After a while it became cumbersome to read on about some new exploit.  You know he’s going to get caught, pay a heftier fine, spend more time in jail and he just can’t help himself.  Feels like seeing anyone obsessed with some other aspect of life: just makes you want to walk on by as quick as possible.  You know they won’t listen to advice or seek help.

While reading through a CEH test guide there is a set of articles on steganography. I think most people are familiar with encoding bits in a JPG. A more interesting example was using complete in the clear text in an XML file. The trick is to place your special ‘hidden’ text in the XML, but outside of any tags. For example:

<root id='folders>

This text is in the XML file but not visible using standard parsers since not part of any tag<tag1>blah</tag1>

<tag2 id='something/>

</root>

I could imagine some larger XML file without pretty print that you would have no idea there were something embedded even if you looked at it.

Recently was trying to get a service running.  In order for them to enter my information in their system they needed my birthdate and last four digits of SSN.  It was explained to me “this is a VMS system and the field is required in order to enter your information”.  Oh, in that case…

I thought about explaining that given my birthdate and current location there are algorithms that can guess at the rest of my SSN number to a 95% accuracy. 

I thought about telling the person that my birthdate was none of their business.  That age based marketing programs targetting my age bracket were rampant and I didn’t want to be subject to them.

I thought about asking the person what their security programs were in order to protect my information, really my identity.

I thought about asking why someone would design software that required these fields.  Are they just just required or even worse keys to my record in a database?

I thought about asking why on earth someone is still using a VMS based system for their business.  Isn’t there something a little more modern available that does the same thing?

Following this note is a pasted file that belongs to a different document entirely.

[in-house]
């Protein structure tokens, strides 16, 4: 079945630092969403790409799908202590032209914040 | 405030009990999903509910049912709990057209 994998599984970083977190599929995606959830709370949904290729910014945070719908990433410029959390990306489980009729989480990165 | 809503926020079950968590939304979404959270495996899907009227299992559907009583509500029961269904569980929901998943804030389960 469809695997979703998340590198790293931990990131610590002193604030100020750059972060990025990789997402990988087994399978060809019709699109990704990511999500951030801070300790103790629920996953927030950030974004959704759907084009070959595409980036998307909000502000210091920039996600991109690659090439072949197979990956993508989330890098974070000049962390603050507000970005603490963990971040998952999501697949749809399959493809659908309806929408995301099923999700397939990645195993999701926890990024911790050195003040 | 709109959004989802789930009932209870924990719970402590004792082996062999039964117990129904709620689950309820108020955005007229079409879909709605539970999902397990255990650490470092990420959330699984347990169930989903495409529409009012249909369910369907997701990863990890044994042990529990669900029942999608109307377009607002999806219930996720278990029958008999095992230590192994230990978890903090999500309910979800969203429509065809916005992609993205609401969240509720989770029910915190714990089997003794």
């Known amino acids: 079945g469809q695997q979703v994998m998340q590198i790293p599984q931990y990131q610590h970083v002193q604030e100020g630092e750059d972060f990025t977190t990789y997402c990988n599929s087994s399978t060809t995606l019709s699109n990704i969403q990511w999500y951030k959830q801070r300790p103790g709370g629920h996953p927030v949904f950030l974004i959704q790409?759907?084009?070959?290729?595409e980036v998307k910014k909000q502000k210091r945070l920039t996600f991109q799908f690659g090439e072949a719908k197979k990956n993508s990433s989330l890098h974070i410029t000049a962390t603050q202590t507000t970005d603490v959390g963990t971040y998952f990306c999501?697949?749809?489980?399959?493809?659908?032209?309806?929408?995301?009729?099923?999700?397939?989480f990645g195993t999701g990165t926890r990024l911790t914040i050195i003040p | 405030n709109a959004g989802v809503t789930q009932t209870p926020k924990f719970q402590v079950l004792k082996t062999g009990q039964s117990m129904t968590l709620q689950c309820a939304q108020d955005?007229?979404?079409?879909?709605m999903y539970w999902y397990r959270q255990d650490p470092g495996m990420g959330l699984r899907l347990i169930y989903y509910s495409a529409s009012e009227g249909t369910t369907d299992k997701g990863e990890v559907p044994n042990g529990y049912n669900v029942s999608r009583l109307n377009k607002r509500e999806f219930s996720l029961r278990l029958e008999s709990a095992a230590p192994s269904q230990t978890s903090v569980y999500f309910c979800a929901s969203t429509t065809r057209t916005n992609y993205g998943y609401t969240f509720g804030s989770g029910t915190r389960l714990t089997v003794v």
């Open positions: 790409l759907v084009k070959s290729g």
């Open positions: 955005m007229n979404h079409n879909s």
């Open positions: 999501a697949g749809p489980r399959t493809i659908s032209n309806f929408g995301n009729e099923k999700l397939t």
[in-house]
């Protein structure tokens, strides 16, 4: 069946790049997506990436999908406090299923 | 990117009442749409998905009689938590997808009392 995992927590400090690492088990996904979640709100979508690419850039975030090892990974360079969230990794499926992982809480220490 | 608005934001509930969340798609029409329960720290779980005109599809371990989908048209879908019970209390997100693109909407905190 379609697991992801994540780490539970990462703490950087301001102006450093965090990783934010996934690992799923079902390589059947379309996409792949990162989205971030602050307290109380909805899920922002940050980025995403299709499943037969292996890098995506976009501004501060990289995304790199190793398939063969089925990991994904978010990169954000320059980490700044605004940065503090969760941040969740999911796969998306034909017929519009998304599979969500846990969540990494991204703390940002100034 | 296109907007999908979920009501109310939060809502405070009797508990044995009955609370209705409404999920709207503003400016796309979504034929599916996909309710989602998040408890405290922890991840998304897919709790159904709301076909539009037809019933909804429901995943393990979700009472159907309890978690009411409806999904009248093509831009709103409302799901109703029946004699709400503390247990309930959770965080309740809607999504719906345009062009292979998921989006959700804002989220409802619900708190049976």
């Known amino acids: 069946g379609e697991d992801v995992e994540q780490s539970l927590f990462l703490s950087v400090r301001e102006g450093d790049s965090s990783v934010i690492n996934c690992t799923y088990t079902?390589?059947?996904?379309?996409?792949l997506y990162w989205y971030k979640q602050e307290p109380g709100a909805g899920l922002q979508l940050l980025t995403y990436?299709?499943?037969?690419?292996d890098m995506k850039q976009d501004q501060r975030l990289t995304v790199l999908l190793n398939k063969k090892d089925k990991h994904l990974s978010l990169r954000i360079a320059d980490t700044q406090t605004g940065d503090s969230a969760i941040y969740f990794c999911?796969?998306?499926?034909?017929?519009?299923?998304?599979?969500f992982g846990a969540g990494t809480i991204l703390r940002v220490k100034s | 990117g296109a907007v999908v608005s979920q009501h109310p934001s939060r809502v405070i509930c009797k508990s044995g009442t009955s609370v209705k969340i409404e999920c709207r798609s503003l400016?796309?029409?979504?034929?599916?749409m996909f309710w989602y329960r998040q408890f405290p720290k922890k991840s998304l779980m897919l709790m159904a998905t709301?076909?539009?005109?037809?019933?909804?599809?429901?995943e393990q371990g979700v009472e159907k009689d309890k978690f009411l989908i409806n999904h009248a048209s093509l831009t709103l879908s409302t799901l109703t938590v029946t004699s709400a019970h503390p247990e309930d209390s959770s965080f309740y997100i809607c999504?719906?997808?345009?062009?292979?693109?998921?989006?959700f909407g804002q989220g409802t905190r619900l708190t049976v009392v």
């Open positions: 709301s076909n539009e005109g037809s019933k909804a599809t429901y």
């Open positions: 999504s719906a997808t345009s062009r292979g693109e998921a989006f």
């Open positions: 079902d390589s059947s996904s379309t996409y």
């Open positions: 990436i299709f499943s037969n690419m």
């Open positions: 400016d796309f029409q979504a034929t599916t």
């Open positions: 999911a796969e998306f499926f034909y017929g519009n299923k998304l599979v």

I thought about just using 1/1/1900 and 9999.  But I bet there system actually had checks in there to verify that the birthdate and SSN were in range.  Also, if you could put in junk like this someone else probably got there first.

There was some slight anguish as I really wanted this service to be set up.  It was a good deal.

In the end I just said, “Sorry, I can’t provide you with that information.  Thanks anyway”.  To which the phone caller had no idea how to respond.

I wonder if people are better off not knowing how computer systems are made and maintained.

Great article on highly voted programming errors – includes examples, workarounds, attacks.  Article is at http://cwe.mitre.org/top25/

 The 2010 CWE/SANS Top 25 Most Dangerous Programming Errors is a list of the most widespread and critical programming errors that can lead to serious software vulnerabilities. They are often easy to find, and easy to exploit. They are dangerous because they will frequently allow attackers to completely take over the software, steal data, or prevent the software from working at all.  (click on link above for more)

I work at a large defense contractor.  There are two levels of shareware licensing that need to be addressed for any product that is used:

1) Will the product be used in the field, in a production environment?

2) Will the product be used on the corporate LAN?

Any new product has to go through a rigorous review by legal staff to review the exact license involved in a product.  They are looking for the clause that says “We own your company after 12 days of use”.  Surprisingly, there are some open licenses that have such clauses.  Pretty gutsy – just count on coders not actually reading the legaleeze.

Use on the LAN means the product must also be reviewed for security breaches.  While a defense contractor has real security levels that conform to government standards, I think this is a reasonable test for any corporate tool.  Again, some products fail the security test by either including silliness (such as Google toolbar poking back at google.com on a regular basis) or outright virus/spam.

Use in production means the software will reside on a defense product in the field.  Whole new levels of pain to evaluate the product for holes.  Not surprisingly, there is a lot of Not Invented Here coding that goes on just to avoid such a review.